Miscellaneous Rumbles

how often do you really use your whammy bar

26

Always. I don't know how anyone can play without one.

27

Always. I don't know how anyone can play without one.

– Billy Zoom

What Billy said. I especially enjoy doing fast vibrato on chords and double stops. Otherwise I add a little gentle dip to notes and chords while comping behind the singer.

28

Every time I play

If it’s not acoustic it needs a bigsby

See

31

Can't use the term 'frequently' but rather I use it appropriately & tastefully, basically in the manner Chet did, seeing as how It's his music and tunes I arrange & play in his style.

Not only is a Bigsby a useful tool - like a tone control/pup selections is - but they look terrific on Gretsches! On an acoustic they look nauseous, regardless of who's playing......no offense to the player

32

Some tunes my hand is on it through the whole thing and some I don't use it at all. On most I use it at least a little.

Chords, double stops, lead and melody lines, harmonics are all fair game for getting whammyed.

33

I use it a lot more on my Gretsch's than I do my Strat, funny I never really thought about that.

34

I only use it occasionally but but think that a Gretsch doesn’t look complete without one.

35

I use mine a fair bit. My Gibsons are hardtail but both Gretsches have Bigsbys and I have been a Strat player for ages. I get pretty aggressive with the bar and I keep in tune remarkably well all things considered. The secret is good old fashioned pencil lead on the saddles and nut slots and lots of it. I love doing dips and swoops and shakes with the whammy, it's great for doing wicked stuff with feedback. I'm even able to make the Bigsby carry out things that sound pretty close to dive bombs on my 5622TCB.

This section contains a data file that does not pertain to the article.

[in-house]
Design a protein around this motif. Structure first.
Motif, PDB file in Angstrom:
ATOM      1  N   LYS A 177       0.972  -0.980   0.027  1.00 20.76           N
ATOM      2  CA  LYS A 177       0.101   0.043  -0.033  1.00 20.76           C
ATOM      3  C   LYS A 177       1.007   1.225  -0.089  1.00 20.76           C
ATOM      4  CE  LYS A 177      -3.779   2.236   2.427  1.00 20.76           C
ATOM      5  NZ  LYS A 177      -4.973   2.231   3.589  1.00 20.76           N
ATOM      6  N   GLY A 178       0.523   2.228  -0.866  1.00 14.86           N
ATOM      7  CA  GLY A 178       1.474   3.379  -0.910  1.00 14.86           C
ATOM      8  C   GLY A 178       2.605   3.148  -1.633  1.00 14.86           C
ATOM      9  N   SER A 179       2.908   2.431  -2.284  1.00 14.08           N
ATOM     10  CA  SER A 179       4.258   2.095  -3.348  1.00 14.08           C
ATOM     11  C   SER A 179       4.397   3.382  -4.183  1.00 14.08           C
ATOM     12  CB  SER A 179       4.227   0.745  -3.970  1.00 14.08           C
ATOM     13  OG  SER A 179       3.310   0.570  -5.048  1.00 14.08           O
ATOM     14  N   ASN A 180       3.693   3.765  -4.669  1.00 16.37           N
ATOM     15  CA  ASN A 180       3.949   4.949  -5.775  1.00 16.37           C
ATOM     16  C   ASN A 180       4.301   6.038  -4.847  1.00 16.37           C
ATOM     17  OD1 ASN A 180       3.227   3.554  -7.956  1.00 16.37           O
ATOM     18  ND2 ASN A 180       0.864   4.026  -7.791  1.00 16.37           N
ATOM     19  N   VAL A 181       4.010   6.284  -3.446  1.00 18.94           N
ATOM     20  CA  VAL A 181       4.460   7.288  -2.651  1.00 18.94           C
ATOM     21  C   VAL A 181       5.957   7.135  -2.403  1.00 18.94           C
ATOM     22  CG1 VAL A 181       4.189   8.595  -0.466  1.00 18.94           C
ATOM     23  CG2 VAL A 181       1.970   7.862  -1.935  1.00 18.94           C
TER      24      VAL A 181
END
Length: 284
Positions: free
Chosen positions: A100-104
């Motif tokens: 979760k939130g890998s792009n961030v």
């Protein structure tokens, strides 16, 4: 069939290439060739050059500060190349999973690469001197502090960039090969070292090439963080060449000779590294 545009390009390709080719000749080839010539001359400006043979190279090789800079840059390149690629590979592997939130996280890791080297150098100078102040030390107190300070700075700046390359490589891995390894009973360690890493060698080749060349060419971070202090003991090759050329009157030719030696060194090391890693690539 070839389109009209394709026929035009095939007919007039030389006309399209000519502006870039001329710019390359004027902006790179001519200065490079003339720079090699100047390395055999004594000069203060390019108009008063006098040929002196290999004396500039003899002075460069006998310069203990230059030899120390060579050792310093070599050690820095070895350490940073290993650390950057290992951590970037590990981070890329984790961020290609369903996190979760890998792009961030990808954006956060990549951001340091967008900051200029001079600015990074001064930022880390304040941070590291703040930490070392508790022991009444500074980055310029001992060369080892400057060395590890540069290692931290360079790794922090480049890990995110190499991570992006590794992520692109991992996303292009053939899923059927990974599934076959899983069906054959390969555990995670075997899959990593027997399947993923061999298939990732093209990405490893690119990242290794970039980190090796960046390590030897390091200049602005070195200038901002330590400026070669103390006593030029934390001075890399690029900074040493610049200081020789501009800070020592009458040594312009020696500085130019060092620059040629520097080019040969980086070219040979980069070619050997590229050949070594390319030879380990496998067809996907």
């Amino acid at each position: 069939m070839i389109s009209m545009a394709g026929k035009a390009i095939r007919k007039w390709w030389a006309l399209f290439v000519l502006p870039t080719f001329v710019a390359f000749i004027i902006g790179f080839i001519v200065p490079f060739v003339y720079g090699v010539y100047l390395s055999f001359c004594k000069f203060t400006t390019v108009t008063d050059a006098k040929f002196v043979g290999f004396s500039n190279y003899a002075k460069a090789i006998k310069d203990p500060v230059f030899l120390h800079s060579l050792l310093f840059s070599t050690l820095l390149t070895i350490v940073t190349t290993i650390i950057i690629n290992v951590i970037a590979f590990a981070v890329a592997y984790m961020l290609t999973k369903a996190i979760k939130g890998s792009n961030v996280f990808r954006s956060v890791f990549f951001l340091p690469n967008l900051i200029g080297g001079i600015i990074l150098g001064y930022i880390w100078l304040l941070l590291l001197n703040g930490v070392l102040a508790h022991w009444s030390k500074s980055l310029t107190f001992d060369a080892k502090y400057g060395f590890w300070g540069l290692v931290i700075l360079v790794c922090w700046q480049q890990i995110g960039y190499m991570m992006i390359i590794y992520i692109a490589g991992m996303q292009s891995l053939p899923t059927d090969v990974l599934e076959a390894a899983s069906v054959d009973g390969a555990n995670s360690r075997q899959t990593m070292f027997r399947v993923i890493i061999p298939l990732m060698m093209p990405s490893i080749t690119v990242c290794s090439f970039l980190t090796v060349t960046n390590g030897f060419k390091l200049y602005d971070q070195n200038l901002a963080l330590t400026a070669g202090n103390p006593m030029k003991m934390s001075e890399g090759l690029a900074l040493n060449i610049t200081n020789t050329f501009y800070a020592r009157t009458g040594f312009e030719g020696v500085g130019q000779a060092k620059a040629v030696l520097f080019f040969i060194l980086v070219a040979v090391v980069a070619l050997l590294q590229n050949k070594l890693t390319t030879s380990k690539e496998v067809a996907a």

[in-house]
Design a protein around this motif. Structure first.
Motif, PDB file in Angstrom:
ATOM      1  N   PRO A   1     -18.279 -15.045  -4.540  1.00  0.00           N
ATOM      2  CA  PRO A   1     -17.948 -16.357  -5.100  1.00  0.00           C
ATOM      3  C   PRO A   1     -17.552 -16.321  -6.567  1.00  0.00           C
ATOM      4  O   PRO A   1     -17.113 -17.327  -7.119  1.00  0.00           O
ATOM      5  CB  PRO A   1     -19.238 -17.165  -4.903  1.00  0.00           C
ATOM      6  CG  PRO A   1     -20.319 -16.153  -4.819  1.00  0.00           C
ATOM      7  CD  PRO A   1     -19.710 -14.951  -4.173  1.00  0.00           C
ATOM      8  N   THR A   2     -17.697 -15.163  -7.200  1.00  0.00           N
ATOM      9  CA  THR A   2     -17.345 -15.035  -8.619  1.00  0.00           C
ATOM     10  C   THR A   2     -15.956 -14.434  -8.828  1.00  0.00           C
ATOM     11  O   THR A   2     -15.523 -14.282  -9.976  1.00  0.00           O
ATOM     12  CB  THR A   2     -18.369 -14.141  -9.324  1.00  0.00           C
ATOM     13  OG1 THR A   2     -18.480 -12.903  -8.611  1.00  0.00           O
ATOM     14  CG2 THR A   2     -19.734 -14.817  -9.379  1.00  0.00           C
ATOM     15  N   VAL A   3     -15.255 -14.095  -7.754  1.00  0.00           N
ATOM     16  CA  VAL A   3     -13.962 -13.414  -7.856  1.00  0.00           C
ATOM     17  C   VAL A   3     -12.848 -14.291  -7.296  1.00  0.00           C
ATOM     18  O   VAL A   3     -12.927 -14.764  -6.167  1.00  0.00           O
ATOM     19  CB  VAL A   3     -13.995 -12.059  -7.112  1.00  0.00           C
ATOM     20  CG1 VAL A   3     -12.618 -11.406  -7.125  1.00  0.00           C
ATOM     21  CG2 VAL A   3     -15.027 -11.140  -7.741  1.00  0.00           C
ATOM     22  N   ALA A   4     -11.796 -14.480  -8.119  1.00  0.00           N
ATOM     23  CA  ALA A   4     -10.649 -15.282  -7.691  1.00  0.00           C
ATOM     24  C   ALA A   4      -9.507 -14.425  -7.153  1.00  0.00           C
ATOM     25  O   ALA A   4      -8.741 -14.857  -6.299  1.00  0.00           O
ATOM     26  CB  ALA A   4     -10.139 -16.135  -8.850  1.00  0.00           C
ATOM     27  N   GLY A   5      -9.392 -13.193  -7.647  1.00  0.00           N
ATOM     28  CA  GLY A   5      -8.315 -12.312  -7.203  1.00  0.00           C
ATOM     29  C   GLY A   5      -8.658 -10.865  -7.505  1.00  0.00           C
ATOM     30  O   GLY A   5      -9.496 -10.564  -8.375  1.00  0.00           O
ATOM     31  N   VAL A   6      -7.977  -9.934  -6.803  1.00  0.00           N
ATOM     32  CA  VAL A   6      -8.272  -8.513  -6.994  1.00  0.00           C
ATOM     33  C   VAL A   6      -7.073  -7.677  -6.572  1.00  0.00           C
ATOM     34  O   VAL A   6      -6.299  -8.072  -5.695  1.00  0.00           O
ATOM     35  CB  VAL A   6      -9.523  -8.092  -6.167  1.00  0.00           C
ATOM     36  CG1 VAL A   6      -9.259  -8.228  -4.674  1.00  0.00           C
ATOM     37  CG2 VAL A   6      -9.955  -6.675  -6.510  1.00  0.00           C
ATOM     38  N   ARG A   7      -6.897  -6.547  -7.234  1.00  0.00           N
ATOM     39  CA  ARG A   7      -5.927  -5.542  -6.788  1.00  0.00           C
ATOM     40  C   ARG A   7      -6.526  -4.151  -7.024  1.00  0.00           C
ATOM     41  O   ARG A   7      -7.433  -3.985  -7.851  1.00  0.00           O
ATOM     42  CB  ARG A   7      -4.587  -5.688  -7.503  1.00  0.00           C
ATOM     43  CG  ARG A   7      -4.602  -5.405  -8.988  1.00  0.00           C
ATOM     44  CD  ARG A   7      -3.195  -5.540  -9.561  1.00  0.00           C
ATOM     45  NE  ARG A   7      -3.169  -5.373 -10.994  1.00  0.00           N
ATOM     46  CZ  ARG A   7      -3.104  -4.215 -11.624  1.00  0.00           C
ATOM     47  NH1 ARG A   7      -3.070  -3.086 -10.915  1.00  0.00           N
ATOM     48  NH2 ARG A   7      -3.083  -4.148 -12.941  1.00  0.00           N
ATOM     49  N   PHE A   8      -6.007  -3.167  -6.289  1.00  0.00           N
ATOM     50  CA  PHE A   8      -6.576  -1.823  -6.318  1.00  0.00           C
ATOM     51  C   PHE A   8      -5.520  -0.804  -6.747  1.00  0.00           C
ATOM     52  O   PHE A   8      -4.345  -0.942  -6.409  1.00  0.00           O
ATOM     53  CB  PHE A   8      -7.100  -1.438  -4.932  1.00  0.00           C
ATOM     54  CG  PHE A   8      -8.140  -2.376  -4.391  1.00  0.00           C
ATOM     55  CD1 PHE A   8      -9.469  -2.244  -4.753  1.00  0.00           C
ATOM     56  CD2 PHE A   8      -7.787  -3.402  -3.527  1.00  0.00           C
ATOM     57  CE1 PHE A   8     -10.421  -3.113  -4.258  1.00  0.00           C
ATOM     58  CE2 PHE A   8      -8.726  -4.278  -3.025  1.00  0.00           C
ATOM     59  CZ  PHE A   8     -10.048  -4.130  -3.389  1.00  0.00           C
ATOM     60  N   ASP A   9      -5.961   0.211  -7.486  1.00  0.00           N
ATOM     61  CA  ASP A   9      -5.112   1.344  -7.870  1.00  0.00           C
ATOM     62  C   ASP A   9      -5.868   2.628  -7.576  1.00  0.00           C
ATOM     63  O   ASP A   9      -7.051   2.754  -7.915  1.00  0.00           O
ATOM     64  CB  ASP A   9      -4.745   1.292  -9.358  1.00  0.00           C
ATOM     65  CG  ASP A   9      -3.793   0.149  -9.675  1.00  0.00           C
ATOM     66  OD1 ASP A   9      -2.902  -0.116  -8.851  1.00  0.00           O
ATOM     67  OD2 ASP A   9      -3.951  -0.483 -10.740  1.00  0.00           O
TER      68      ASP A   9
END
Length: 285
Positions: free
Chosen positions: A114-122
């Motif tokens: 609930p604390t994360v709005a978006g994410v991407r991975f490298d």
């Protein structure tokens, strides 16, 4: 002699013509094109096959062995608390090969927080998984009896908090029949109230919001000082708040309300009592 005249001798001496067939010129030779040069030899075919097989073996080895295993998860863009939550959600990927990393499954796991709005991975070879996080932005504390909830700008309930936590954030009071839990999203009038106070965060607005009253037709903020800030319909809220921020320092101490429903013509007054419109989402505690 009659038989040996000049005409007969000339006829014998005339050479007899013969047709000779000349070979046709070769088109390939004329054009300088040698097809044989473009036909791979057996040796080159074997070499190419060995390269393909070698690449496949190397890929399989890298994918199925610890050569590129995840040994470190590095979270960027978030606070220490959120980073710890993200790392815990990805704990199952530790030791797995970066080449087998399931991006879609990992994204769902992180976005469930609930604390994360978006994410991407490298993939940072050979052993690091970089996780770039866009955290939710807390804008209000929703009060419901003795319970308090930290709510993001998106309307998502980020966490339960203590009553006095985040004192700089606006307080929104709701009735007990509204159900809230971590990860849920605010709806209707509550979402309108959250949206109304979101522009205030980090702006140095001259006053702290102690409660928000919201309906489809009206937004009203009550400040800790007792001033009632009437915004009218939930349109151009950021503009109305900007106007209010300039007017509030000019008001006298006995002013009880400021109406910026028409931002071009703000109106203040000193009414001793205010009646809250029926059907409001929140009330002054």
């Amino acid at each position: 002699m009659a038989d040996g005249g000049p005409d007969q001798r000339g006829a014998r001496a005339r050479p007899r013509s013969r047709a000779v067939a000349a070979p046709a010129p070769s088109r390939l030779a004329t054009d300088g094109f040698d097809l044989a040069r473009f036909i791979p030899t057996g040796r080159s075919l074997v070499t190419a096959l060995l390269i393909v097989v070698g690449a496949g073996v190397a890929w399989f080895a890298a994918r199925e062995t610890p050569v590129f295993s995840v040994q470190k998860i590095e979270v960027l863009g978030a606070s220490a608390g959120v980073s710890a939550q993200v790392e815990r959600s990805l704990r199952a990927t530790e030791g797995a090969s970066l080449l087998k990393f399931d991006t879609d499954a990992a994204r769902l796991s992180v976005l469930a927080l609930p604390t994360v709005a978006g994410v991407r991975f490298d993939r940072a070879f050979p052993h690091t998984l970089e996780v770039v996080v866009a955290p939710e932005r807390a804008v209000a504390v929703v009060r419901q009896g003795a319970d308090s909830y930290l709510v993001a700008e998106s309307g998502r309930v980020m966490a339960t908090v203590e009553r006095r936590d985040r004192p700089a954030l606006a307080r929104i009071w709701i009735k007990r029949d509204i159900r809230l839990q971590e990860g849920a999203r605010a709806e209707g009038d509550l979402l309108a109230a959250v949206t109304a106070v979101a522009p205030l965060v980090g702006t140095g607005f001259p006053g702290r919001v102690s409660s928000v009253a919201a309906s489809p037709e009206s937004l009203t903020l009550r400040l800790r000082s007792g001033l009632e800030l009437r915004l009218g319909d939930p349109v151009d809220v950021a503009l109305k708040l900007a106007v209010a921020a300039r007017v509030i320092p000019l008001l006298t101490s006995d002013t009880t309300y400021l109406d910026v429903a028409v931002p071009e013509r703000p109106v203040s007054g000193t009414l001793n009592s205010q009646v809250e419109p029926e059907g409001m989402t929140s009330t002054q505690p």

36

I use mine a fair bit. My Gibsons are hardtail but both Gretsches have Bigsbys and I have been a Strat player for ages. I get pretty aggressive with the bar and I keep in tune remarkably well all things considered. The secret is good old fashioned pencil lead on the saddles and nut slots and lots of it. I love doing dips and swoops and shakes with the whammy, it's great for doing wicked stuff with feedback. I'm even able to make the Bigsby carry out things that sound pretty close to dive bombs on my 5622TCB.

– Brother E

The pencil lead is something I just started doing and it works incredibly well for free basically!

37

Only on my Jazzmaster. Mainly for Surf music. My 6121 has the handle wound back, and my Strat is a hardtail.

38

I’m getting there. Much better since i pinned the bridge down.

39

Only when I feel the urge.

40

If you just barely move the lever, it will keep the note sustaining, even though you don't hear the Vibrato. It's part of playing guitar, not just an effect.

41

Man, Billy, I ain't got that touch anymore as I have a hard time feeling my fingers, but I wish you were my friend many years ago so you might had passed that on way back when. The thing about not knowing anybody that does not use one, I'm not really sure where we could start. Eric and Jerry come to mind right away.

42

Not as much as i used to do. At this point only two of my guitars have functioning vibratos, the Pro Jet to which i added the Dynas and B3 and a Epiphone SG with a Vibrola. For most of the past year i played a Rickenbacker 360 that i had an incredibly hard time working my way into. At some point in the near future I'm going to be using it more, though...i have stuff i want to record that'll require one type of vibrato or another. I need to get a Strat that i can set up with the bridge floating, and I'm also thinking about getting a Squier Jazzmaster.

43

My favorite way to use it lately in some songs ive been coming up with is just to give a slight dip to chords, not a wiggle, just gives it more emotion or something

44

Rickenbackers have good wangers.

45

enough to miss it when it's not there

47

I call it "Bigsby's Palsy" I get it every time I switch from my 5420T to the Pro Jet


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